Since arriving in Nepal, I’ve had plans for a sculptural installation comprising of cast copper bicycle tires. I floated the idea to Sunil and Santosh—would they be able to help me? They expressed ready interest and we made a series of drawings. Sunil will have a wax prototype prepared in a few days. If I like it, if the price is right, and if the time frame is feasible, we’ll get to work together! 

Sunil then took me on his Vespa to meet his friend Pal, a master wax worker, whose home is filled with huge plaster molds and elaborate wax castings of a bodhisattva’s shoes, Buddha’s arms, and a disembodied head. He was currently constructing a wax vessel on the second floor. I watched him push wax coils into form, struck by the ease with which he worked. I soon learnt that Pal is a revered wax sculptor who has created deities for Bertolucci’s film Little Buddha and Agra’s Golden Temple. He has also met the Dalai Lama twice, and on one occasion, even received a personal call from him.

Afterwards, we visited another workshop, a huge barn-like space located near the banks of the Bagmati. Inside, three enormous statues were in progress: two implied from bales of tightly wrapped straw, and the third covered in rich, black mud. Sunil explained that this deity will be covered with clay and modeled in wax before the casting process begins.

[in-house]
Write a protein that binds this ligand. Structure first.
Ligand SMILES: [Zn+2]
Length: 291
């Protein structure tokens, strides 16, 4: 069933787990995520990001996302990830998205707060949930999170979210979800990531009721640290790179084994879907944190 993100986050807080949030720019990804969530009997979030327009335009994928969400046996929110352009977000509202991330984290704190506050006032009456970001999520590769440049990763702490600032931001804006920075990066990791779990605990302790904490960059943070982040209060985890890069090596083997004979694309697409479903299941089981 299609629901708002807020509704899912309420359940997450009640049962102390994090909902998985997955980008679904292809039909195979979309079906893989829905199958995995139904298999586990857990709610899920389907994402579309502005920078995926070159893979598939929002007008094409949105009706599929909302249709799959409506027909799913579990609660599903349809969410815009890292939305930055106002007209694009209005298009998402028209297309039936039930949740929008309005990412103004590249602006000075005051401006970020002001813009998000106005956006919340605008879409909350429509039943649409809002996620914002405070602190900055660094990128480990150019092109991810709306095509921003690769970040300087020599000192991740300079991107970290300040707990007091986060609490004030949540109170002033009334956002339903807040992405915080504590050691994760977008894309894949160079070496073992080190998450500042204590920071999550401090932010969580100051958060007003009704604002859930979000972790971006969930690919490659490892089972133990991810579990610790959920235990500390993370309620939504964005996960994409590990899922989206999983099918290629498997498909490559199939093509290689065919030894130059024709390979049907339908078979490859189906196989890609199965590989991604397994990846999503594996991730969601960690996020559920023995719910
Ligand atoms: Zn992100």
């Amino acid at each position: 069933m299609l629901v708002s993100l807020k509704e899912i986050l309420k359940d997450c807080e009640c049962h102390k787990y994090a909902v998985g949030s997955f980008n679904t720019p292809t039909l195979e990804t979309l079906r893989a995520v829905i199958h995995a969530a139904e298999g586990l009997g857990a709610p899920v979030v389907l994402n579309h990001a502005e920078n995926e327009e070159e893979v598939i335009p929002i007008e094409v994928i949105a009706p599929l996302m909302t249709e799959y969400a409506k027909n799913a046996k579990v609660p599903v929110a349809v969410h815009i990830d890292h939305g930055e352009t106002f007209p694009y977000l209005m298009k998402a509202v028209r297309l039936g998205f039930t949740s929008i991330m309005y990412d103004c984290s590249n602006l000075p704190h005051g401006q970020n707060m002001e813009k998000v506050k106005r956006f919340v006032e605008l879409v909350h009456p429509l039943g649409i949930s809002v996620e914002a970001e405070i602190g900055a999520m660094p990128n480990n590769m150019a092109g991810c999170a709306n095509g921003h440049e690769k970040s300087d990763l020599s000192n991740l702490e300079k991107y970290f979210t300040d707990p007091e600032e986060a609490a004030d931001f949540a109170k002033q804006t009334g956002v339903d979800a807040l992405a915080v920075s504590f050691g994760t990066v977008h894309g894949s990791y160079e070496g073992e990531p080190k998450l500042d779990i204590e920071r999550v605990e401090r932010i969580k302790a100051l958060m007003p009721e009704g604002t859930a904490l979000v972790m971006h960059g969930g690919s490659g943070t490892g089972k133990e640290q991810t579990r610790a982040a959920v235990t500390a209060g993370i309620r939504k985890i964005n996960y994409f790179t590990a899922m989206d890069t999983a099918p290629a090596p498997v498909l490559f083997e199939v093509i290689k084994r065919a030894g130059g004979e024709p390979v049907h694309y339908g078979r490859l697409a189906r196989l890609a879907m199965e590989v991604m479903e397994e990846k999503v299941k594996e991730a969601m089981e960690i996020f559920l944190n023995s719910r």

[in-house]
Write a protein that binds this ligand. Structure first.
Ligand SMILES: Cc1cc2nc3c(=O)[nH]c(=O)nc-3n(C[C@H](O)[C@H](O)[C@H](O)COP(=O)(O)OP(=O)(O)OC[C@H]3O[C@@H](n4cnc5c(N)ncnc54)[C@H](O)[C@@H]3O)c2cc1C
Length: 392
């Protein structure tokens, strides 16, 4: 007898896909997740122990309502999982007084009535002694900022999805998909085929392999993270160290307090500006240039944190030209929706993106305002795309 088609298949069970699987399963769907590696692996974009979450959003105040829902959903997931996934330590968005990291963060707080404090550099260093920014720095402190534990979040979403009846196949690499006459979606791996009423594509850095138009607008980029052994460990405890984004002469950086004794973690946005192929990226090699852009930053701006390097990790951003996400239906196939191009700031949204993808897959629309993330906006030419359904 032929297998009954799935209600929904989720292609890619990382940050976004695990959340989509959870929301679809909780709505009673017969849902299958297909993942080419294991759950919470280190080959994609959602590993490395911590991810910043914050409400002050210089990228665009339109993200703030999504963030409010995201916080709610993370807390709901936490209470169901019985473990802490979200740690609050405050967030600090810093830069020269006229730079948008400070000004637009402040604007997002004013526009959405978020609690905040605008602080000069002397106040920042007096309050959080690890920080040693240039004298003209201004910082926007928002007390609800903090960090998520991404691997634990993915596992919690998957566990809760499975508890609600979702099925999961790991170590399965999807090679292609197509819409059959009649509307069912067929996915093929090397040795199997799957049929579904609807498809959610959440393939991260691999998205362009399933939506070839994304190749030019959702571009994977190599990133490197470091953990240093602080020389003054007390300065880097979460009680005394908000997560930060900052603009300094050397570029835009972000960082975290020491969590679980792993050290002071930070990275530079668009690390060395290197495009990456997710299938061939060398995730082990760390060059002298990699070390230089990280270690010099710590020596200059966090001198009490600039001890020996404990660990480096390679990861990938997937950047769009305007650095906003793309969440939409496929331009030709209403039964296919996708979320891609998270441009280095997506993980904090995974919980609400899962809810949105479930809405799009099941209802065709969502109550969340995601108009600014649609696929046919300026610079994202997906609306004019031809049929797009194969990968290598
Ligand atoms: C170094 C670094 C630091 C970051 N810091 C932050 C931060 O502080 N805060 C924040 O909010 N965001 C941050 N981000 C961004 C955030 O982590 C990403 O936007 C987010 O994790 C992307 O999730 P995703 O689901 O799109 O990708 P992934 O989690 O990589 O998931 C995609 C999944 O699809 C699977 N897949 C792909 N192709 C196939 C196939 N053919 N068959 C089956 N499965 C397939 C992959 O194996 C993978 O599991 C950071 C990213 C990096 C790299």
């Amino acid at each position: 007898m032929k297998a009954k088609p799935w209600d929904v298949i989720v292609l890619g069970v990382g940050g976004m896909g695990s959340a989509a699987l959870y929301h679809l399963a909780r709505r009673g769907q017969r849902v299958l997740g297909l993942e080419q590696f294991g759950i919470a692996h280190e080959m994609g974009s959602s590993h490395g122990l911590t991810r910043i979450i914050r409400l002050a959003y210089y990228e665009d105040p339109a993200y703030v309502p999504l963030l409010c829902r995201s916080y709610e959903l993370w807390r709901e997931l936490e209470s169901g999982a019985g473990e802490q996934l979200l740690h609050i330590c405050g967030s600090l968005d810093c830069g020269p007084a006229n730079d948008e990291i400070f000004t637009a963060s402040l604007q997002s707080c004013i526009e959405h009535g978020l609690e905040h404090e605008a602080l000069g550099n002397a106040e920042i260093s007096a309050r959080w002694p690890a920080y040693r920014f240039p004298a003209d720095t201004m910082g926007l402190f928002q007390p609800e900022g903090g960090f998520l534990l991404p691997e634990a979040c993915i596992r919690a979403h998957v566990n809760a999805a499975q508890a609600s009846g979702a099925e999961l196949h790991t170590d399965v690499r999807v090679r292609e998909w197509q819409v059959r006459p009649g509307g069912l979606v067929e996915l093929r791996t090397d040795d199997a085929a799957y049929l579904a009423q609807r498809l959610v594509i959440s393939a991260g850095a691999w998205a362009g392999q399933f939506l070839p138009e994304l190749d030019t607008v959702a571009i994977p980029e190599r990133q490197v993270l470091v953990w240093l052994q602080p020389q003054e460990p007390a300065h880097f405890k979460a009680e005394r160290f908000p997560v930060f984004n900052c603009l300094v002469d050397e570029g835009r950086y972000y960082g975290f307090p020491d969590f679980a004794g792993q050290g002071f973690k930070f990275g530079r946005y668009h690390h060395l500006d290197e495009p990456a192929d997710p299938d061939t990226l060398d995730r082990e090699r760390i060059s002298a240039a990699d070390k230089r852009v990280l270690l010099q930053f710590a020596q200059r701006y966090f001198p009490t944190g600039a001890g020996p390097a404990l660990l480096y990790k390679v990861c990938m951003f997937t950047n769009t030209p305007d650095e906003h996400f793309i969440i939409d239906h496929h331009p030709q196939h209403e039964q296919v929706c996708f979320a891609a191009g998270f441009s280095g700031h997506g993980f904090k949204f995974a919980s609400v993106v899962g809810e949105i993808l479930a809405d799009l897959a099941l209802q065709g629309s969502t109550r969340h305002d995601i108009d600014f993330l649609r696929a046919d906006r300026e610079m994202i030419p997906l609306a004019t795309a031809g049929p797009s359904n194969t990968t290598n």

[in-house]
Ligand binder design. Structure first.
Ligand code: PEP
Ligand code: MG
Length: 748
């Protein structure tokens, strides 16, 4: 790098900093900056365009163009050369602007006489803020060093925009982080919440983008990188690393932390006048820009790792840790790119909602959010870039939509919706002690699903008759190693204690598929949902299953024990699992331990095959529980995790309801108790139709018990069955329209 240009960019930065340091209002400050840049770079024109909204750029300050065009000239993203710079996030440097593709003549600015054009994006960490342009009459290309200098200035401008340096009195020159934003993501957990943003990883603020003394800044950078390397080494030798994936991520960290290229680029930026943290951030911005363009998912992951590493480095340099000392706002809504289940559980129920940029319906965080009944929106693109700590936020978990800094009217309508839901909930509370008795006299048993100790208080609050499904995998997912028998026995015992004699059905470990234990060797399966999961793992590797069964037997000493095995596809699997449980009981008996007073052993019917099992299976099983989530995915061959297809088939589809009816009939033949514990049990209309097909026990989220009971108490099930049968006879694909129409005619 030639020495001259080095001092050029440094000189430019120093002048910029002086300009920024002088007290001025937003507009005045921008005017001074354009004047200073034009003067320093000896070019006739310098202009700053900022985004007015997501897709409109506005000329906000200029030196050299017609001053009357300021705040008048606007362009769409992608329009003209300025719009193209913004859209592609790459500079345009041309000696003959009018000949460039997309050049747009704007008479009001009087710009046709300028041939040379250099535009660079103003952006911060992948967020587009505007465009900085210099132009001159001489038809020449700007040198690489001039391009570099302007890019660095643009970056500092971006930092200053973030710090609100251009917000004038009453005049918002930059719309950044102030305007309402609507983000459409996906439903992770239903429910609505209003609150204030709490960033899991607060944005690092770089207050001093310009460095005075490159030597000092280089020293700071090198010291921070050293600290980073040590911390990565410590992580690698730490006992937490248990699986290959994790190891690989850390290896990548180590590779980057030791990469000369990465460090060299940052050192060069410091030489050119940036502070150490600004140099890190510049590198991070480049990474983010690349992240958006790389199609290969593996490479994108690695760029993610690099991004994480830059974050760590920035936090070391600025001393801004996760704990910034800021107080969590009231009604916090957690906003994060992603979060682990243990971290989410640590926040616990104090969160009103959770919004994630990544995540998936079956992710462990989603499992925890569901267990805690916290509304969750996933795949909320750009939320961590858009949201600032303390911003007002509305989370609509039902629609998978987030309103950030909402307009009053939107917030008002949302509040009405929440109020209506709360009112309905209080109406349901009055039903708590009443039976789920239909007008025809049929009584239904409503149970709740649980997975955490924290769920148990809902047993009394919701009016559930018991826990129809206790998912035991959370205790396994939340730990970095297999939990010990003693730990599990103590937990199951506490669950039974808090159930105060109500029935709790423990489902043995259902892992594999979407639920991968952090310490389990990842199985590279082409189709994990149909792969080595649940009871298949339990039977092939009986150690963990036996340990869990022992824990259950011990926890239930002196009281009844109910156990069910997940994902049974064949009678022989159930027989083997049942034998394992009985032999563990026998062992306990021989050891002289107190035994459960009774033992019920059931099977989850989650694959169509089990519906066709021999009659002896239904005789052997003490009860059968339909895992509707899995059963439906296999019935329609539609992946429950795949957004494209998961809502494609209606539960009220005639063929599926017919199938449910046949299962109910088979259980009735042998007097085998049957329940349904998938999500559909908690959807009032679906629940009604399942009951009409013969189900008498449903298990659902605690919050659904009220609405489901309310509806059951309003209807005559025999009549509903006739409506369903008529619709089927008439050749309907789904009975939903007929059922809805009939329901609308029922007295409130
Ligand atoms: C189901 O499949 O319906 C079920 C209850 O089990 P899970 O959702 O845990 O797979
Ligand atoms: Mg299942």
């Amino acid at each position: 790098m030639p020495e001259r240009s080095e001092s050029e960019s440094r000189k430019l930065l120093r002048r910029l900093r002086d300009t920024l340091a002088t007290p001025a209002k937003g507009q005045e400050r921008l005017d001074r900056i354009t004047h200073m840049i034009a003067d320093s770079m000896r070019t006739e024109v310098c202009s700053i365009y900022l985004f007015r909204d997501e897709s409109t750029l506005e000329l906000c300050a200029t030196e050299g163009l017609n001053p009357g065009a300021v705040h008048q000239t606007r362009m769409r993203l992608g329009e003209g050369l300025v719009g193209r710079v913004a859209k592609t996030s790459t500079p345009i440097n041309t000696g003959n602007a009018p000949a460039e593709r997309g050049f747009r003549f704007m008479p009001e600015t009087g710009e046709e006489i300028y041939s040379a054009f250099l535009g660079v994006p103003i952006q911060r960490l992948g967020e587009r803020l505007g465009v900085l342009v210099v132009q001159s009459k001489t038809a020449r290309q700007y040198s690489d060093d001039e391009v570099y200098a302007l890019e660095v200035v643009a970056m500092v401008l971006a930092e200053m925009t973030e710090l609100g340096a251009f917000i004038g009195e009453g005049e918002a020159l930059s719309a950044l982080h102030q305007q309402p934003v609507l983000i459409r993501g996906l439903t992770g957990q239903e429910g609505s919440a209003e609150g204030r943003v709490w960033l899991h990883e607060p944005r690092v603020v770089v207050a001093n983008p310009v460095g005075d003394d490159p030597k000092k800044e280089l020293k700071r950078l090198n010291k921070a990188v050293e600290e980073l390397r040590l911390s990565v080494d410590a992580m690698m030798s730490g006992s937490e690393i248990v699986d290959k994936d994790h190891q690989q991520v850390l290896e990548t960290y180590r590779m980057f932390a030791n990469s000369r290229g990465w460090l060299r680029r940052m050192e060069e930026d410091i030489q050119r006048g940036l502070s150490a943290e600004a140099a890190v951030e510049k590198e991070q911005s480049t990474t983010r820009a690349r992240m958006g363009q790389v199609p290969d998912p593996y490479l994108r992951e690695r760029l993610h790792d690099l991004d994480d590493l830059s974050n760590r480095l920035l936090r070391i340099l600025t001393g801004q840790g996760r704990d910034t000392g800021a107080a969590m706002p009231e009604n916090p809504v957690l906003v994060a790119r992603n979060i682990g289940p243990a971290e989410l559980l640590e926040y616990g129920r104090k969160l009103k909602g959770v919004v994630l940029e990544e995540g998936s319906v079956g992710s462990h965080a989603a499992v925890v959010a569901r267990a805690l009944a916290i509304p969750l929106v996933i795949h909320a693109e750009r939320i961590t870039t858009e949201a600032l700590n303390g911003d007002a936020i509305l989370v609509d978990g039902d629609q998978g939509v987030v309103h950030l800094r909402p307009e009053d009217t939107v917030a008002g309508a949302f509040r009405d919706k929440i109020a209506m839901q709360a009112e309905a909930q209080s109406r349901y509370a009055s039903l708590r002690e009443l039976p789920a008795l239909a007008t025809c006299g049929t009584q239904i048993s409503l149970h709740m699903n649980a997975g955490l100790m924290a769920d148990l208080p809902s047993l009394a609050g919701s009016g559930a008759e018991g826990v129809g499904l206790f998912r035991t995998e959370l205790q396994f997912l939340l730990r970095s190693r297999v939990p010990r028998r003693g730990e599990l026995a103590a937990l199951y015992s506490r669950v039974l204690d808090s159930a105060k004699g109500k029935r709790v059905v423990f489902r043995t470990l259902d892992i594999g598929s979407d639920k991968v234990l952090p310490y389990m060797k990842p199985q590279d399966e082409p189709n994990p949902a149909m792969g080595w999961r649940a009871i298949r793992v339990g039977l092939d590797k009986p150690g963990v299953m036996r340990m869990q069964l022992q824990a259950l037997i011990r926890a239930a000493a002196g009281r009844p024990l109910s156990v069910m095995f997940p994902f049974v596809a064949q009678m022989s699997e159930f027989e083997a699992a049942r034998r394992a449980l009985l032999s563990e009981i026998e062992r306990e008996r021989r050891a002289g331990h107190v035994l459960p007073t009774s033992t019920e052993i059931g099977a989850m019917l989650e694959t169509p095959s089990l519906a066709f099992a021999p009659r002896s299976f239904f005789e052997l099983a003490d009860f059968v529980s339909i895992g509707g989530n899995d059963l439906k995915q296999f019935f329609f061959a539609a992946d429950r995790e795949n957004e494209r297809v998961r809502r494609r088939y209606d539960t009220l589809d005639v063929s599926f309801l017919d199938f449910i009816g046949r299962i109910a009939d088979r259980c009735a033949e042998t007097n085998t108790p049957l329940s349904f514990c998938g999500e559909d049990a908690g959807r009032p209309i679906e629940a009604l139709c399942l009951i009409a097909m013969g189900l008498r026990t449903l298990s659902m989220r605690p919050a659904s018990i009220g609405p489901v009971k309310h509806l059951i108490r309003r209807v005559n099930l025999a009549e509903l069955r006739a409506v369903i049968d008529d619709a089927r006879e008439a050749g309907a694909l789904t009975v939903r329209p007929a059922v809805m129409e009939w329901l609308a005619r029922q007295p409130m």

August 30

I’ve been exploring Patan by way of its back streets (re: muddy lanes), taking in seas of rice paddies and piles of construction, circumventing mud and puddles and circumambulating stupas. I am coming to enjoy these neighbourhood sojourns; they are walking

meditations.

October 4

My landlord has a logjam of shoes outside his door. Family members are flocking here to receive his blessing. People are flying ‘fighting kites’ from rooftops. There is hardly a tree or power line that doesn’t have remains of paper kite dangling from them. Dashain is in full swing.

October 12

Work has resumed at Sunil’s workshop. In an upstairs metal carving room, sections of my eight-spoke cast copper dharmachakra wheels were being chiseled with great skill. I watched as the surface of the copper was brought into clear focus. Two other craftsmen were carving ornate padmasambhavas or logs at their workstations. The juxtaposition of the cast tires/Buddhist wheel hybrids and traditional statues felt improbable and yet perfect at the same time.

Meanwhile, a warm homecoming was taking place in the Shakya home. Sunil’s brother, wife, and daughter had just arrived from the US. As we talked about life abroad, a gaggle of matriarchs—three sisters with varying shades of graying hair—came by to visit the returning ‘American’ family. It was very endearing.